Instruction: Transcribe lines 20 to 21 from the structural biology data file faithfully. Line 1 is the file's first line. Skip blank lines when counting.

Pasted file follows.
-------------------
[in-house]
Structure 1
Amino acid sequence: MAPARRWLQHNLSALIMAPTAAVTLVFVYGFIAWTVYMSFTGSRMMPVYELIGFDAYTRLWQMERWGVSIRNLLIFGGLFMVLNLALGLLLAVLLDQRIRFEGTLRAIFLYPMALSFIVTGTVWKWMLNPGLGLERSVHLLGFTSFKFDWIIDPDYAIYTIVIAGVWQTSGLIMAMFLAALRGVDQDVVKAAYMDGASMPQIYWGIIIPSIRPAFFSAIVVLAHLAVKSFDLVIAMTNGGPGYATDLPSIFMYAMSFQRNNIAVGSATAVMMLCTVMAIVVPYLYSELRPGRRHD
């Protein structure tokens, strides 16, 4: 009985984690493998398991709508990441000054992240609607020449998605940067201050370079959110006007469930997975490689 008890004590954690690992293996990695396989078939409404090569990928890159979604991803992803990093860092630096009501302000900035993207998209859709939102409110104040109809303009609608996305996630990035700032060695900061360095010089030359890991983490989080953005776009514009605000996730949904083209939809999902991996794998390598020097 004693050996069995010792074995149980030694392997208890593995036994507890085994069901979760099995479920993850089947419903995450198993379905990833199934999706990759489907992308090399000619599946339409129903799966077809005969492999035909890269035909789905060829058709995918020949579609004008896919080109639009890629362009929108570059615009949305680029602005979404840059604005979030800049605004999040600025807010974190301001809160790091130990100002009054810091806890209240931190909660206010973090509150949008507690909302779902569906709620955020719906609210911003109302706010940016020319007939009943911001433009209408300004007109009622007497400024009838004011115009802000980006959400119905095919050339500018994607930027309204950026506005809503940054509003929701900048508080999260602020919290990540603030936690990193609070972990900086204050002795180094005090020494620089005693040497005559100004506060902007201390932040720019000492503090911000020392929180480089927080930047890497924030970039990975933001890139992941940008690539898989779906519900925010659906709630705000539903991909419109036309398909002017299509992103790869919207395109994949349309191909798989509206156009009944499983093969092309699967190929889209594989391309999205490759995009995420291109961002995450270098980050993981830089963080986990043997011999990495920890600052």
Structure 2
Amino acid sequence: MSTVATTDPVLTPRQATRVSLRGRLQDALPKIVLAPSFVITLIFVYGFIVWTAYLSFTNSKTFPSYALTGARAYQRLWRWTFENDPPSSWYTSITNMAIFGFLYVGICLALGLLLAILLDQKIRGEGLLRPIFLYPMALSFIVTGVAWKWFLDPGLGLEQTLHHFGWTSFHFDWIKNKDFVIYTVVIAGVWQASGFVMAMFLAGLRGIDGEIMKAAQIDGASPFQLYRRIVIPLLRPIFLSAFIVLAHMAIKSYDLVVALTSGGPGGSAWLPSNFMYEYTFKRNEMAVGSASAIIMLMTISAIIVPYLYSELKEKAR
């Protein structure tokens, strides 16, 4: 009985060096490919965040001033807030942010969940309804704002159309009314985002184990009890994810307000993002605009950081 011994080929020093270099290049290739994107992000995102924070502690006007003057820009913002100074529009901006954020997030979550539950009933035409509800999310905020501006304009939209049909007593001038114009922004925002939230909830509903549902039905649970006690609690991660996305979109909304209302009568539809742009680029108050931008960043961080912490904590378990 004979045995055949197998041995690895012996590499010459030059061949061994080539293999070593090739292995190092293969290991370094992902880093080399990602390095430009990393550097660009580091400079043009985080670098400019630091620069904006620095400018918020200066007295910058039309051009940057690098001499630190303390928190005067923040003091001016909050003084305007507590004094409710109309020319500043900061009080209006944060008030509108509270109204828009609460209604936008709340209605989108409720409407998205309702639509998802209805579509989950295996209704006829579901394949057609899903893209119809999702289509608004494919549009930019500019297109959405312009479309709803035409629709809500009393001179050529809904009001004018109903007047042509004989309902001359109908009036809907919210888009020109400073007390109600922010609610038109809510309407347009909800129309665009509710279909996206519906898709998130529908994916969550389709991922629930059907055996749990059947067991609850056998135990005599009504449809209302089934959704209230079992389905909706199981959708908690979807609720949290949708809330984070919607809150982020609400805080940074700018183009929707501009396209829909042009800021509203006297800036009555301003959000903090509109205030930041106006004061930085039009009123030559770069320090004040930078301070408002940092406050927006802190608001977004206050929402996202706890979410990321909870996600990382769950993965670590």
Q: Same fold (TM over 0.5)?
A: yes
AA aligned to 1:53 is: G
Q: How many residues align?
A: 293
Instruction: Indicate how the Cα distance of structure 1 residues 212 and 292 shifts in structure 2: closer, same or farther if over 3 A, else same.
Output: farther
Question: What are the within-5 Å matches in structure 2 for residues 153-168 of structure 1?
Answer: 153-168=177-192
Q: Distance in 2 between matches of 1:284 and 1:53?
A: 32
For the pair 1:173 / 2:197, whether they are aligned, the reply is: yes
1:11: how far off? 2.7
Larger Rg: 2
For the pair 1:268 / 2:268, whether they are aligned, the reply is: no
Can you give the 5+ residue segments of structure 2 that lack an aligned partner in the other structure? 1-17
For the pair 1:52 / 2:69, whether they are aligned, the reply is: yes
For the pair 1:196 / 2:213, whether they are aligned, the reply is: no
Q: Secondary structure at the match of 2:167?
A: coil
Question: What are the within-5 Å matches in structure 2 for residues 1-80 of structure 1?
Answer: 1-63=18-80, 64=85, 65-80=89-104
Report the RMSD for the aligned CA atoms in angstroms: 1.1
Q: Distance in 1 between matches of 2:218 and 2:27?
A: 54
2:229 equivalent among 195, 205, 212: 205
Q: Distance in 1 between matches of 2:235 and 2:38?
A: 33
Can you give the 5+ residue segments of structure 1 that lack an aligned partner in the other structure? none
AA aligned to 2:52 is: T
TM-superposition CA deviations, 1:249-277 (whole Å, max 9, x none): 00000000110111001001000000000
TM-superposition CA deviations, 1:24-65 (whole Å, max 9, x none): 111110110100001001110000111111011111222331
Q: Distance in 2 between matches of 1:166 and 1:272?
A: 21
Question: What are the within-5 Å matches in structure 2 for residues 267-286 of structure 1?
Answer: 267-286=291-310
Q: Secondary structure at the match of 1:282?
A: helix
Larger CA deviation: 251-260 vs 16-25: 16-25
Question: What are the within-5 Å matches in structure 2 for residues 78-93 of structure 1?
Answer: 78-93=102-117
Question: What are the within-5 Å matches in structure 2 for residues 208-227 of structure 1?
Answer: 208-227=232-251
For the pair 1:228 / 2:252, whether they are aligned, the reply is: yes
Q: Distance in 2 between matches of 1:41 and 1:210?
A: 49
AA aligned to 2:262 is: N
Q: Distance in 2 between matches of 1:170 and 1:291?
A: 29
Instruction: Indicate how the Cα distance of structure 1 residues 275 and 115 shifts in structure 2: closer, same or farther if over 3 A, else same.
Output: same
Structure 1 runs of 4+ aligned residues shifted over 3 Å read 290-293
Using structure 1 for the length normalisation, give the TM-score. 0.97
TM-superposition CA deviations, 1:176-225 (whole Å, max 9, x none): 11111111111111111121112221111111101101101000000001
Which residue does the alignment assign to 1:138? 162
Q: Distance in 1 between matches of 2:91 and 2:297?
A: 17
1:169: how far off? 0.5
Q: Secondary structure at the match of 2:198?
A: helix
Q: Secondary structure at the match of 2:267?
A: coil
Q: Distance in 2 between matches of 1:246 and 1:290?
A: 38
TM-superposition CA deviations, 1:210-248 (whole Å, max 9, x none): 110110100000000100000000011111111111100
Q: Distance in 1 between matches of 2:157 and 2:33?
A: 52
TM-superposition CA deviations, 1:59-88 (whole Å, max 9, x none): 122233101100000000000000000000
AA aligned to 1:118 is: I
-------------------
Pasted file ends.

1:11: how far off? 2.7
Larger Rg: 2